It has been widely reported in the national press that in its quest to find the extra funding necessary for enhancements to public services (policing, education, social care…..), owners of more expensive properties may be hit by a ‘mansion tax’ in the forthcoming budget. This would certainly affect home owners in the Lytham St Anne’s area. Exemplifying this, according to Right Move, in the last seven years, thirty one homes have sold for one million pounds plus in our area – with many currently on the market within this top end price range.
It was in 1991 that work began on the creating and placing properties in Council Tax Bands that are still used today. Government officials drove up and down streets estimating house values. Estate agents were also used to give a rough idea of the price of homes. In 1993 these property price estimates were then put into bands. For England and Scotland the bands are A to H. If you own a property in England that sold for less than £40,000 in April 1991, it is band A. Most properties are in bands D and E – valued at the time between £68,000 and £120,000. The top band, H, is for homes valued at more than £320,000. The leaked notion of a mansion tax will see a new top band introduced,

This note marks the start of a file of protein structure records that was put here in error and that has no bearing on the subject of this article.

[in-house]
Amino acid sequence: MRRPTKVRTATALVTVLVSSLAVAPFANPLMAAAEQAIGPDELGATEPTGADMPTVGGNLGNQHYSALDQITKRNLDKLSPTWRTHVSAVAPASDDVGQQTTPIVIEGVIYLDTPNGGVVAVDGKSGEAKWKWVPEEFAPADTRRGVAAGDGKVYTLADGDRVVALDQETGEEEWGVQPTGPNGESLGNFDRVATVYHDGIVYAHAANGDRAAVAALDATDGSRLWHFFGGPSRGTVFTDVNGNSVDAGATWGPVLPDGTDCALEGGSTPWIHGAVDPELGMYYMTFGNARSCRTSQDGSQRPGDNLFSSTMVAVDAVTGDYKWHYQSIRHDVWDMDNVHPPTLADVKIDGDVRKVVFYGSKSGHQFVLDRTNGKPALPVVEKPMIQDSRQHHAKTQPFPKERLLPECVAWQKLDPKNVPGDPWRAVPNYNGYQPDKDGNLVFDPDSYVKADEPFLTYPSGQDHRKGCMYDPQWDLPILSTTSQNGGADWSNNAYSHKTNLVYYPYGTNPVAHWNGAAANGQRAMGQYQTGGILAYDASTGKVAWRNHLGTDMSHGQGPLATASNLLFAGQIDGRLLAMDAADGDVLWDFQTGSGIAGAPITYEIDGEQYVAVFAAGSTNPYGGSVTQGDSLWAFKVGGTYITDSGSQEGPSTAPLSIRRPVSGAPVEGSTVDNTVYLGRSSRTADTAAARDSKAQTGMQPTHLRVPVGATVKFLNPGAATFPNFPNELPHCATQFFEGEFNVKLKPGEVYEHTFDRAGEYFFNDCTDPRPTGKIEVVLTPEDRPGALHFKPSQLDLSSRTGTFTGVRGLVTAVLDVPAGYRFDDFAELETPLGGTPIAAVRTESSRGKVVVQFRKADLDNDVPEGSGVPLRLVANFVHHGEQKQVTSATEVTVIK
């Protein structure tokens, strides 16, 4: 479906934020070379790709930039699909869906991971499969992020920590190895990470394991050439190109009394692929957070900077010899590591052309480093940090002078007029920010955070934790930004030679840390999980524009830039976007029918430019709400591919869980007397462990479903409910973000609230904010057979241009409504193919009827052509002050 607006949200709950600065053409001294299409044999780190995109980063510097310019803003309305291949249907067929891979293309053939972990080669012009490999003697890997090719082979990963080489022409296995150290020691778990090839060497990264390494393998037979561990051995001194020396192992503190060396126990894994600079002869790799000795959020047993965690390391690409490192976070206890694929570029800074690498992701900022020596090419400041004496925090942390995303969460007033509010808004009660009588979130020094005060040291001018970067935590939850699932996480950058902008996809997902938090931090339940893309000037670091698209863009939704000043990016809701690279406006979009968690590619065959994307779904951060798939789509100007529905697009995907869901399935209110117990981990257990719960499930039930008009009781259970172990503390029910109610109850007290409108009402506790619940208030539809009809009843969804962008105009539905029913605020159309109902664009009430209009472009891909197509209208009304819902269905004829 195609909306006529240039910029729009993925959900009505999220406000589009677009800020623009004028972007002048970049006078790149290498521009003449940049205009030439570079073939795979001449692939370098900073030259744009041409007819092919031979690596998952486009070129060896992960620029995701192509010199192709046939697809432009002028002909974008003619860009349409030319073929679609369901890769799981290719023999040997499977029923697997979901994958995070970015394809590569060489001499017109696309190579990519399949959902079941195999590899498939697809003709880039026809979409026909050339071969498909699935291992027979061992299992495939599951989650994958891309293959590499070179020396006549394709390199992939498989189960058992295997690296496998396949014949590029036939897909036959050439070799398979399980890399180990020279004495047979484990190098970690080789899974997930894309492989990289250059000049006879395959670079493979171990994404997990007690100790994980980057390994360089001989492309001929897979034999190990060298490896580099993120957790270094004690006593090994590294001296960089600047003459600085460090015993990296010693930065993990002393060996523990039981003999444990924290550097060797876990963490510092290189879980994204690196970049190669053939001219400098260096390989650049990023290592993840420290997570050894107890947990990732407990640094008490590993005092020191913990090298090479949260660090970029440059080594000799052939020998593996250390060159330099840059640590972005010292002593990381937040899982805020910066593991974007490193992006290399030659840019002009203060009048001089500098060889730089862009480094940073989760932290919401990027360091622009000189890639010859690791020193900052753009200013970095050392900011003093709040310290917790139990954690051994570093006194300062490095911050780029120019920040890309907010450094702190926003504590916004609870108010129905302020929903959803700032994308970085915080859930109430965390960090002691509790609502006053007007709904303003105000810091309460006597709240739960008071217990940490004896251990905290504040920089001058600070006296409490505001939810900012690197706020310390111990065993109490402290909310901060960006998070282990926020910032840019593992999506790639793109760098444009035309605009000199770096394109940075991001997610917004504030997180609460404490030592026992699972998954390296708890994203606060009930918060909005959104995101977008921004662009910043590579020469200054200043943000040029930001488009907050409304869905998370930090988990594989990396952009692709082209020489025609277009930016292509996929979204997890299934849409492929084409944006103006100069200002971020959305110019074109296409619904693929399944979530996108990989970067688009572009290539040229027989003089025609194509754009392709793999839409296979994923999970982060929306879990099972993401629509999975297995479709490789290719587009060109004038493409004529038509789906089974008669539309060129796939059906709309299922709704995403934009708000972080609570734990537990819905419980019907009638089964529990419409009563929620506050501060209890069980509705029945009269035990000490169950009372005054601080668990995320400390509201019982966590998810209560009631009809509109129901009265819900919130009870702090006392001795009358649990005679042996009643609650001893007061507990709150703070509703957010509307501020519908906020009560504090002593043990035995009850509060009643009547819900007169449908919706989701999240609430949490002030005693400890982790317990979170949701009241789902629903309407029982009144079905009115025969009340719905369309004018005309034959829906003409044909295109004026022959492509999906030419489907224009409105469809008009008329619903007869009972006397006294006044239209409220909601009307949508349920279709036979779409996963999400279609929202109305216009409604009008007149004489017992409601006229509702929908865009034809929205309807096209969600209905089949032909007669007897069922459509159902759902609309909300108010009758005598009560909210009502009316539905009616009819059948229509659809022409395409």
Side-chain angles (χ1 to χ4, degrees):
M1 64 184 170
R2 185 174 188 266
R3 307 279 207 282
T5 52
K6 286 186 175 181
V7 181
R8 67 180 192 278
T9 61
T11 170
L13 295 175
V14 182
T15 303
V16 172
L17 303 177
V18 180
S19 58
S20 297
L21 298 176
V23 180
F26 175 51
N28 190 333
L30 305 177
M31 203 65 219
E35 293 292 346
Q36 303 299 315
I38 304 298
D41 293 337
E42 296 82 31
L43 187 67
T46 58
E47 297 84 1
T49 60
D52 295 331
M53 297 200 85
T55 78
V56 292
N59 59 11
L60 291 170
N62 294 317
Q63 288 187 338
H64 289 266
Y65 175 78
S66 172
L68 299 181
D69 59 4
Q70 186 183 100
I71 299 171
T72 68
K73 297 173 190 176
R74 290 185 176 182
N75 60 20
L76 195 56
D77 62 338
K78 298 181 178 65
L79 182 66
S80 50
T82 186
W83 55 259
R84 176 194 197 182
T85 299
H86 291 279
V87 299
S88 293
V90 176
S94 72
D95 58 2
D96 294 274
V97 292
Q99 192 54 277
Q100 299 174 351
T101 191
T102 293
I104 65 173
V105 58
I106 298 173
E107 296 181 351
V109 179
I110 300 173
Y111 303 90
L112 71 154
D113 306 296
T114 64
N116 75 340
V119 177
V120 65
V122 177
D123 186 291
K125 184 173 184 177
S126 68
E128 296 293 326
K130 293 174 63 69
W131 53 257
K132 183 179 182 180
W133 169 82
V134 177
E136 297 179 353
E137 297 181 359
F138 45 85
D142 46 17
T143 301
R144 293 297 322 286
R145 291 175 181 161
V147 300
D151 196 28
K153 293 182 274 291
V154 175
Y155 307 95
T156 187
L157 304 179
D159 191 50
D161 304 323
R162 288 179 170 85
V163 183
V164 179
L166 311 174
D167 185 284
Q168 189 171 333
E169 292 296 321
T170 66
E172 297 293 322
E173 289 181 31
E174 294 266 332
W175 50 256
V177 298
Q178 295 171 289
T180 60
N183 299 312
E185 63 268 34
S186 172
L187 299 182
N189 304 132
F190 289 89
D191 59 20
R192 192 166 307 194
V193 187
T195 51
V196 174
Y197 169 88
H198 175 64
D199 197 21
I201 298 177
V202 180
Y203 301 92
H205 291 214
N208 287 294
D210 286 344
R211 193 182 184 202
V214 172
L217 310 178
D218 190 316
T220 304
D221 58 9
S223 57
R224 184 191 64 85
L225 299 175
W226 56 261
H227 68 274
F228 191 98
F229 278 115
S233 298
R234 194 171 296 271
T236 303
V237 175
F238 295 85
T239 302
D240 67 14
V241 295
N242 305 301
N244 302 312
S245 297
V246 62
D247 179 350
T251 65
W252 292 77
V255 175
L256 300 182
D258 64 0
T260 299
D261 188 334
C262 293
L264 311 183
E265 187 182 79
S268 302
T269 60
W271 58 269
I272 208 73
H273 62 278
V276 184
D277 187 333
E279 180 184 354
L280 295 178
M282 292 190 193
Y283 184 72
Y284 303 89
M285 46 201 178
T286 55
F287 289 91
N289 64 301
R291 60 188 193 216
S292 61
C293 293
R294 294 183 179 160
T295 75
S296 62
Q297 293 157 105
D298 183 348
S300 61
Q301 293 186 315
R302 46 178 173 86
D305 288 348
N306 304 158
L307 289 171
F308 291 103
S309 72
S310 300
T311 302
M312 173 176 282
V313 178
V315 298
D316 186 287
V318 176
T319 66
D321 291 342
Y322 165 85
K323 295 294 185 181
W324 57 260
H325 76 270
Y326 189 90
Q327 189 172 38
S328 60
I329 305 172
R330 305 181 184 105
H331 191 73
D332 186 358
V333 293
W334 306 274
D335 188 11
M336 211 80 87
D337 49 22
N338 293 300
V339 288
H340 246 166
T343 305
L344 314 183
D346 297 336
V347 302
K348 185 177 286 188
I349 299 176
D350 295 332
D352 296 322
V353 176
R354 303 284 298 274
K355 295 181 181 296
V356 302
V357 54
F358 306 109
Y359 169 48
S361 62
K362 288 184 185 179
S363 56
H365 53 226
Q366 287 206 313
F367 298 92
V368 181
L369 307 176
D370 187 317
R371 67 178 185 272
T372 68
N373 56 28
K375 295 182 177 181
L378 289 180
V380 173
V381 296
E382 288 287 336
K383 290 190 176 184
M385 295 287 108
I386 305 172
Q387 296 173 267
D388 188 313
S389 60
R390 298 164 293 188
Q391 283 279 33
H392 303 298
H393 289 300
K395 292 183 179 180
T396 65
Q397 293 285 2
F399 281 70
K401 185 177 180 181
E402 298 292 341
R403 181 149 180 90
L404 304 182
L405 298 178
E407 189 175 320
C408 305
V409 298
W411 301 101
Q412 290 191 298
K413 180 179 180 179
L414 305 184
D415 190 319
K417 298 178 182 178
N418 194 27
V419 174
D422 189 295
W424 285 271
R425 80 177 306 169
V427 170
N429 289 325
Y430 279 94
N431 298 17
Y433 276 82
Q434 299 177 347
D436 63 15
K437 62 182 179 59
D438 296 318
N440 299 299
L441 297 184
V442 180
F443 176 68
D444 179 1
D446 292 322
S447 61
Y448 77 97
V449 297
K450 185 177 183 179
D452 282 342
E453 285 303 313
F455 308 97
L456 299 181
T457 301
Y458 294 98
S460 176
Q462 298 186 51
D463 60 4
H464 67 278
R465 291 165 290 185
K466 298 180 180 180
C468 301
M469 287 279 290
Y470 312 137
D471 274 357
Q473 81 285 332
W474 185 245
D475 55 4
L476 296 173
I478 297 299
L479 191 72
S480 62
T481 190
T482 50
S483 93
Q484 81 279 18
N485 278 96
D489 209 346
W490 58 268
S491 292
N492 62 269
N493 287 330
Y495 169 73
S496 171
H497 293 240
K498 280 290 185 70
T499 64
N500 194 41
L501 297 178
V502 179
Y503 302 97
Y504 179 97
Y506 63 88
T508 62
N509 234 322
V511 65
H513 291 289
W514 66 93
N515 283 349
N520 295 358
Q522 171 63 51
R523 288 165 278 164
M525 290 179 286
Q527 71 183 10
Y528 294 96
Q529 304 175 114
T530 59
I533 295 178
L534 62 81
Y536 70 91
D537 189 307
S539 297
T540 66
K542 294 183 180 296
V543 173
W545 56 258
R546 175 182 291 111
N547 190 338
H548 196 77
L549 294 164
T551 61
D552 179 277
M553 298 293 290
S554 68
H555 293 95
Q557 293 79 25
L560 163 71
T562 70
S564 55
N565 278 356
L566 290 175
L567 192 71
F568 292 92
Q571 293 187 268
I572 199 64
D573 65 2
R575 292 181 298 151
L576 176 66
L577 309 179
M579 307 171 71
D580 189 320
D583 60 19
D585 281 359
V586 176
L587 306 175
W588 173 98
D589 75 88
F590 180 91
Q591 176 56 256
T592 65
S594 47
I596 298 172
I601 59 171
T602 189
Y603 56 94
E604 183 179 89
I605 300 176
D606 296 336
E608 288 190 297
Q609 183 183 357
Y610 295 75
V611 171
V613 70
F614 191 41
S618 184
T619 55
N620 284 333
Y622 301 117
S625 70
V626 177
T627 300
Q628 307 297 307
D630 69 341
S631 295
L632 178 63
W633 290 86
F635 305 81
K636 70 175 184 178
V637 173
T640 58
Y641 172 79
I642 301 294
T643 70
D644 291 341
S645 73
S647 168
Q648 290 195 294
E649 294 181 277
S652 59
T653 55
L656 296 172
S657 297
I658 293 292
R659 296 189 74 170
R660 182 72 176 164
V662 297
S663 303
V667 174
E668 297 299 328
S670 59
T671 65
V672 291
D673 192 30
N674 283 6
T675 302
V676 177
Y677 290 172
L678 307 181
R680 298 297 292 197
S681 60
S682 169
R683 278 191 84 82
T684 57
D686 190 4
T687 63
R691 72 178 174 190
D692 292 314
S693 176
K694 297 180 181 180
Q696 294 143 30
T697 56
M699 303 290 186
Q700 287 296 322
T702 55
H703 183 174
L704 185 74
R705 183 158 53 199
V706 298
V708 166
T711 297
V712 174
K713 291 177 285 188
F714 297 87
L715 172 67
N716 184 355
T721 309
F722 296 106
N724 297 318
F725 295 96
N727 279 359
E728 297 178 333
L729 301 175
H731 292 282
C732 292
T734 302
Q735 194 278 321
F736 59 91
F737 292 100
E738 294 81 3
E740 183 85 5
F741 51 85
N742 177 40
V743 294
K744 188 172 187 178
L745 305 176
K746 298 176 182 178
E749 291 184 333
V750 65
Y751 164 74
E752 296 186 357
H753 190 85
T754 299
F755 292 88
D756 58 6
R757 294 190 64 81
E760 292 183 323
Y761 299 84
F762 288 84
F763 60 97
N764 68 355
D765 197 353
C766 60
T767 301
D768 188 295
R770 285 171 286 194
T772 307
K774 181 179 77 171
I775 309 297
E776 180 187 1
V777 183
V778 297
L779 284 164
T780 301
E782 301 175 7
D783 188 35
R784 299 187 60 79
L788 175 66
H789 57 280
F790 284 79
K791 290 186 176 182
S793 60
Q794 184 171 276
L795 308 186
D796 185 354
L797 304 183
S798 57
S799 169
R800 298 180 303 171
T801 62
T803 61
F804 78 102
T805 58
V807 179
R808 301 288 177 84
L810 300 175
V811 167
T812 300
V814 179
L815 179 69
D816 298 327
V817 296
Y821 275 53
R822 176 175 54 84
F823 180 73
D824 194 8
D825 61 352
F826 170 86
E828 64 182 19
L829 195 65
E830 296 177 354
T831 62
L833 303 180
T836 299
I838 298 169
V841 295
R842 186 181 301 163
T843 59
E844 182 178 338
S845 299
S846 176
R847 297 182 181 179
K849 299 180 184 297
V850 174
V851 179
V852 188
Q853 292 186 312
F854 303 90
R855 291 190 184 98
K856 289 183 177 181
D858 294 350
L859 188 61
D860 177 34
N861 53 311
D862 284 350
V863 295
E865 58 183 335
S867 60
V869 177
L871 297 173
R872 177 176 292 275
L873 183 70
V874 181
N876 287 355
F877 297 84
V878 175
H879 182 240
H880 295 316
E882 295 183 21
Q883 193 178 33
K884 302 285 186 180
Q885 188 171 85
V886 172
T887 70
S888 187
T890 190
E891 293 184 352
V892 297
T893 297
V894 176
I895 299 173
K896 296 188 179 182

This idea being considered, according to the Sunday Telegraph, is an added Council Tax Band for even more expensive properties than those currently fitting in the H band. Raising revenue from better-off homeowners is believed to have been discussed at the highest levels in the Treasury.
There are rumours that the new Council Tax Band would hit homes that are valued at one million pounds plus. According to Right Move in the last seven years thirty one homes have sold for one million pounds plus in the Lytham St Anne’s area. Others which are valued at one million, but have not been on the market, could also be hit. However, there is an argument that whilst these home owners may be asset rich they may not have the funds to pay the increase it Council Tax. Decisions will be made before the next budget in March 2020.